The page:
journal contributionposted on 29.10.2019, 09:10 by Nicolas Dour;Greg Taylor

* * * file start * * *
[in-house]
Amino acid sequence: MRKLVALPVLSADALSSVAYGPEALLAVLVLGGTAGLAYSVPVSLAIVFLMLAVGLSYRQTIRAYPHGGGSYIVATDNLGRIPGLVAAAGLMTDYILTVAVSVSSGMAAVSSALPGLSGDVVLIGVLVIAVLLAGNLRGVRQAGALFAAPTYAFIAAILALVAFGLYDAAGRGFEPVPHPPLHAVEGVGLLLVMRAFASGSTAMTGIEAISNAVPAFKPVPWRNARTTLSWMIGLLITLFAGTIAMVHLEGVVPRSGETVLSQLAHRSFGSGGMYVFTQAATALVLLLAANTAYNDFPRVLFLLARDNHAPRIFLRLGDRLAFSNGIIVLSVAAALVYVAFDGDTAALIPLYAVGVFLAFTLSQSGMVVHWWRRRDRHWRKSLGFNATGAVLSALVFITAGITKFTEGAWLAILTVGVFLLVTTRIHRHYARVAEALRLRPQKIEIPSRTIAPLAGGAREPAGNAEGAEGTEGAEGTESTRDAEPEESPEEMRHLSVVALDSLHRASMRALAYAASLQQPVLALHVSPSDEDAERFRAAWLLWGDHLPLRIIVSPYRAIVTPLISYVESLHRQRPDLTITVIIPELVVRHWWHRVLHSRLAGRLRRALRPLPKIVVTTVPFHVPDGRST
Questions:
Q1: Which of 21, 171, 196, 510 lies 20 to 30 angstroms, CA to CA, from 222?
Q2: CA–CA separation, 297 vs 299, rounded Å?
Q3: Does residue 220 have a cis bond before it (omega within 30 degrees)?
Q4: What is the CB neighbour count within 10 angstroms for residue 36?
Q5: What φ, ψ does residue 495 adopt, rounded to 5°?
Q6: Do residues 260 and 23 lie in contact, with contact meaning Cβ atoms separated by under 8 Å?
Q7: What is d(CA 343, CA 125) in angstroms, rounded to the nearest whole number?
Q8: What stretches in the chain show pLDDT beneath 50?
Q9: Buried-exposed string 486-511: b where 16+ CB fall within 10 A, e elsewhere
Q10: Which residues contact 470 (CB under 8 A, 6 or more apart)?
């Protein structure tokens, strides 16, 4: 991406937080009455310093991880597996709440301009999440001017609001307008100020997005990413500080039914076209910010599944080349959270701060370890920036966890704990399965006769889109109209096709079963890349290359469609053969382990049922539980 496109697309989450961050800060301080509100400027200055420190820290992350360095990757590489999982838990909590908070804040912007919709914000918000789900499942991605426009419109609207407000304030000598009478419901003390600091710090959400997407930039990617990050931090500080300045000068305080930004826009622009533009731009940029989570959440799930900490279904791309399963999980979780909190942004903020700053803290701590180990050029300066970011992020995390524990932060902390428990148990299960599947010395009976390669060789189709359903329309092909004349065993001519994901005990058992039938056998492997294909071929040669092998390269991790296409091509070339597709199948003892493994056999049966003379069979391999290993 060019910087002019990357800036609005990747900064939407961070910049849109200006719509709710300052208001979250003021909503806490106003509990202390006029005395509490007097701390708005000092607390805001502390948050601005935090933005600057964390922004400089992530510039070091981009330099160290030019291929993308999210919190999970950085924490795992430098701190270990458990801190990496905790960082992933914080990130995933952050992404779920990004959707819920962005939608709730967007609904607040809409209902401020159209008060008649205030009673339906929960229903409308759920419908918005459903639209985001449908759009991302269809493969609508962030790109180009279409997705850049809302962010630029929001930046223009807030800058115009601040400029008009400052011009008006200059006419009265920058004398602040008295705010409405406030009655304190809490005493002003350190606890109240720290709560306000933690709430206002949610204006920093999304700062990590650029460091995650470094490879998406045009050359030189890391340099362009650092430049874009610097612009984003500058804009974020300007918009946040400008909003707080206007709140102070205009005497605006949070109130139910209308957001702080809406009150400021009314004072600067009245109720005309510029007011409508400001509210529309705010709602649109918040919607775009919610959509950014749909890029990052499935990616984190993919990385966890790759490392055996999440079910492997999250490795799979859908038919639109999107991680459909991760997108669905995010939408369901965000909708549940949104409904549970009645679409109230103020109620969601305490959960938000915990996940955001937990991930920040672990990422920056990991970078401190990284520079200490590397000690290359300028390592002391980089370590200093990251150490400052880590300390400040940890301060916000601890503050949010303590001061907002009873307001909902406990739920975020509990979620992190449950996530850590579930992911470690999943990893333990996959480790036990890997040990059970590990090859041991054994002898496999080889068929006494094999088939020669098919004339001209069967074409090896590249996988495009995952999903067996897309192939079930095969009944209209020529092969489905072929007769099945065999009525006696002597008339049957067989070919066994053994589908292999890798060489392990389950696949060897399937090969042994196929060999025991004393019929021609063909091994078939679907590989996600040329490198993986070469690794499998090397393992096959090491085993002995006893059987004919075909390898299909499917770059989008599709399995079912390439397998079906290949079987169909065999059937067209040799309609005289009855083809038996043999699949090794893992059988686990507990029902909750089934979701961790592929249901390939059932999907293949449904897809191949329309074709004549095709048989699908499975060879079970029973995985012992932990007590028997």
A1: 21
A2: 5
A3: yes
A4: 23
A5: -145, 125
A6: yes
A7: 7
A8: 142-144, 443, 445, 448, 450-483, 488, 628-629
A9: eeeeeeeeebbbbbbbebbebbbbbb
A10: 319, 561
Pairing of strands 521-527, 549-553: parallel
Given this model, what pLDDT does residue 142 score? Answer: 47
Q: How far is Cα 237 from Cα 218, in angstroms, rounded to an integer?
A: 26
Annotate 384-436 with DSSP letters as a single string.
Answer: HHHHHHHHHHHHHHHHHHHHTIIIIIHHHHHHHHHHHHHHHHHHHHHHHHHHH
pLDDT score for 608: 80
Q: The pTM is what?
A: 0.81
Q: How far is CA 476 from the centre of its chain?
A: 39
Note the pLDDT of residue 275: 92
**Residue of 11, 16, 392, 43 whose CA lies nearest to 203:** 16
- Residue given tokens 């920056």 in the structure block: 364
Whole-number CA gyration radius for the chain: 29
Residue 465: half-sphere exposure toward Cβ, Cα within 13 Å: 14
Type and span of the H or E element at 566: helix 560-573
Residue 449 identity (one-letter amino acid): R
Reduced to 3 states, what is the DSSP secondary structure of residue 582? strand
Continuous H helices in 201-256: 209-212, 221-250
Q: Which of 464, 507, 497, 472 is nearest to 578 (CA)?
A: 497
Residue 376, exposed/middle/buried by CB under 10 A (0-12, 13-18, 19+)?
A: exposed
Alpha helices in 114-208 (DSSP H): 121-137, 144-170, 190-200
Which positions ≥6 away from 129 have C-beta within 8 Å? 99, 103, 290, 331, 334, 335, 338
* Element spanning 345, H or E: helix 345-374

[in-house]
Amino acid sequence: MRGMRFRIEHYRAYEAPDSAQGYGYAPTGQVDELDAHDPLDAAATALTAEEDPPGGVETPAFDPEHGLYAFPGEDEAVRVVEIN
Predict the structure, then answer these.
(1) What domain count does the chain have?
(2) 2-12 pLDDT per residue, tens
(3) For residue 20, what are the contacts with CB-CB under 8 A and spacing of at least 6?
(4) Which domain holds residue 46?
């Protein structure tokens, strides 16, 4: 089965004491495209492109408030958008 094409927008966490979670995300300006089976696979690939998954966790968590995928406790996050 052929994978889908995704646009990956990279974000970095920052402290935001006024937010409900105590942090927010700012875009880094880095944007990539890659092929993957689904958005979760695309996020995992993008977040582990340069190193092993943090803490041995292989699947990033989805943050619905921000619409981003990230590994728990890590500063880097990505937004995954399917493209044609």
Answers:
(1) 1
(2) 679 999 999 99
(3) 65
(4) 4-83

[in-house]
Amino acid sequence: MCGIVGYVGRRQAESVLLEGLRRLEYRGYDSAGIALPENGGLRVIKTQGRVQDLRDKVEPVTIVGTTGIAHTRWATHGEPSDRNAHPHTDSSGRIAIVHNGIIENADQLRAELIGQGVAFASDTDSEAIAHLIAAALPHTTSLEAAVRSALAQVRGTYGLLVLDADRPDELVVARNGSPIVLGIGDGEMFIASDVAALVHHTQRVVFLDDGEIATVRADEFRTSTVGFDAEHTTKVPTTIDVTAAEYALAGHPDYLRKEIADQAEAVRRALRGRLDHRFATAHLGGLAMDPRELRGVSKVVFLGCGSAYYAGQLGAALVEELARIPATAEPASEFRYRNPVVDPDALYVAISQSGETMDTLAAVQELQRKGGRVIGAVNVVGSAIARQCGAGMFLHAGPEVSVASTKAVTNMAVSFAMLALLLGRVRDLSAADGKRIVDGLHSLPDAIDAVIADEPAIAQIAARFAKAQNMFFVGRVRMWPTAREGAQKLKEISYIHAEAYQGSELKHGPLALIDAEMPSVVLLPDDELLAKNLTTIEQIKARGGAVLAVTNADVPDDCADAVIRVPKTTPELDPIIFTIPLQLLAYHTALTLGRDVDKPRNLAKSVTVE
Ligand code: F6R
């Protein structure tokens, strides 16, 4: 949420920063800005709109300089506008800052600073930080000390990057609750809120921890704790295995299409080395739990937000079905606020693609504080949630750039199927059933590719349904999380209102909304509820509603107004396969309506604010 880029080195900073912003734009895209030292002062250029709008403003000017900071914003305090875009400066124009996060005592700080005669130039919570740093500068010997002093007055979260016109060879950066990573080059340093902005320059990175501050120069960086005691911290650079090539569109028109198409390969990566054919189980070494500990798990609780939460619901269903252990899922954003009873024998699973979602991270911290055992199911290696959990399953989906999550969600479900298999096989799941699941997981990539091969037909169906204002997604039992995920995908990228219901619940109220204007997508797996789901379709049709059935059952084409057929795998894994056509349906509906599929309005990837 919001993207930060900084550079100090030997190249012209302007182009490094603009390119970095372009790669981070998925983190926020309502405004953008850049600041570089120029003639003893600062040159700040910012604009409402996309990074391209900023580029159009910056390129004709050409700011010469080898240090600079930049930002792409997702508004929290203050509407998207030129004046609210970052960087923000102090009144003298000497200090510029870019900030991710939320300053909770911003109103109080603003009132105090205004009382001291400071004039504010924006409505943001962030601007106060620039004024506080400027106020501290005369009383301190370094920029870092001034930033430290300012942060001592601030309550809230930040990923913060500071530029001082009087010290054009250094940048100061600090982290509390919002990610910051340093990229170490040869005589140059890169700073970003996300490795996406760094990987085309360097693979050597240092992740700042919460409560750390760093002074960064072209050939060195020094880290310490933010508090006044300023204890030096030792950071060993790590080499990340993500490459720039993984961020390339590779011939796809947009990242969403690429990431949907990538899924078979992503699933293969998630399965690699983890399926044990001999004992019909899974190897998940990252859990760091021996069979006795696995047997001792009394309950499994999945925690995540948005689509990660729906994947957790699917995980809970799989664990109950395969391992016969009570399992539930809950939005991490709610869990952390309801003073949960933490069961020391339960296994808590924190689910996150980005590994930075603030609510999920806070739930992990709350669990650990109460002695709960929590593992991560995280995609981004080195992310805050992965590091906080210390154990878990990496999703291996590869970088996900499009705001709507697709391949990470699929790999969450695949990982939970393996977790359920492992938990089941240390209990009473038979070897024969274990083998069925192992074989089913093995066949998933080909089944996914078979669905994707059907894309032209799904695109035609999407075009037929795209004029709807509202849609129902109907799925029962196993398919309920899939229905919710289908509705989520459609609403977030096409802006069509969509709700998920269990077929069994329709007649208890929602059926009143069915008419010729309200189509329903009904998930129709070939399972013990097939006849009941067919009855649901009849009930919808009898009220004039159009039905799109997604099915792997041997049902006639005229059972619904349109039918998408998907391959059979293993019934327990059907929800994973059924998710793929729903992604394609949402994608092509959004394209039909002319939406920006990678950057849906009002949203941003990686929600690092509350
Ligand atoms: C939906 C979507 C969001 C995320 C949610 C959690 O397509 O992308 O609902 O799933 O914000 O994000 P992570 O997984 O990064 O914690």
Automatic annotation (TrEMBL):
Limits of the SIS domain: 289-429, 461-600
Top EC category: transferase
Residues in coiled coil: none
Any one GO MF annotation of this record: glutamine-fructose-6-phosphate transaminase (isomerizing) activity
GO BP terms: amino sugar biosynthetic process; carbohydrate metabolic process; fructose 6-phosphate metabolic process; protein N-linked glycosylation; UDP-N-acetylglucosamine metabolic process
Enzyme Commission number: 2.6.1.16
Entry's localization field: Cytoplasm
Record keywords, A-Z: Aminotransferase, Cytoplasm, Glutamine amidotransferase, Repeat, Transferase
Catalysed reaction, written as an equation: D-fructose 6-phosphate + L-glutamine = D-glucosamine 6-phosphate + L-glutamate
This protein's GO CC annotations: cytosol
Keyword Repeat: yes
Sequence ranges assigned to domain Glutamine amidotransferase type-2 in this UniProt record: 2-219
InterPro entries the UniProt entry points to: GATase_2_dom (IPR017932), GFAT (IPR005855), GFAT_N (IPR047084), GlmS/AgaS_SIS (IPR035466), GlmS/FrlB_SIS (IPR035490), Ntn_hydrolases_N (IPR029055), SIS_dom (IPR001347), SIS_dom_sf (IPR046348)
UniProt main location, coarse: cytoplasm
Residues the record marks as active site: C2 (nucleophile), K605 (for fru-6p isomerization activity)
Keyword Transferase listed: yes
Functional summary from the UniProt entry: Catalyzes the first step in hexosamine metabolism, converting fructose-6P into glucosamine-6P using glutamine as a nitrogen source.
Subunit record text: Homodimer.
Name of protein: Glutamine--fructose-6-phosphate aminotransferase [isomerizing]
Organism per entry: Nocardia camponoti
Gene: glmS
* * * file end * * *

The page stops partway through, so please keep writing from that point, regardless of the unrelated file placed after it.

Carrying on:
Manufactured inconsistency under s 109 of the Constitution has had little attention devoted to it. This article undertakes a detailed consideration of manufactured inconsistency in two important respects. First, the principle of manufactured inconsistency is analysed in order to derive a deﬁ nitional understanding of the term beyond the vague description that the Commonwealth may not ‘create’, ‘ fabricate’ or ‘manufacture’ an inconsistency. This article argues that the key to manufactured inconsistency lies in the concept of bad faith in legislating, whereby bad faith is evident where Commonwealth legislation is directed against the states’ capacity to legislate rather than enacted for any reason of policy. The concepts of good faith and bad faith in constitutional law are then analysed in order to identify indicia that might establish manufactured inconsistency. This leads to the conclusion that the actual intention of the Commonwealth is central to determining manufactured inconsistency, and principles of legislative intent and legislative motive are also considered. Second, this article considers whether there is any basis for implying such a doctrine into constitutional law under the requirements set out in Lange v Australian Broadcasting Corporation for drawing implications. While there is limited support for the implication, it is contended that manufactured inconsistency should not develop as a separate body of doctrine, but should instead fall within the Melbourne Corporation principle because manufacturing an inconsistency with state laws can properly be characterised as destroying the states’ capacity to govern.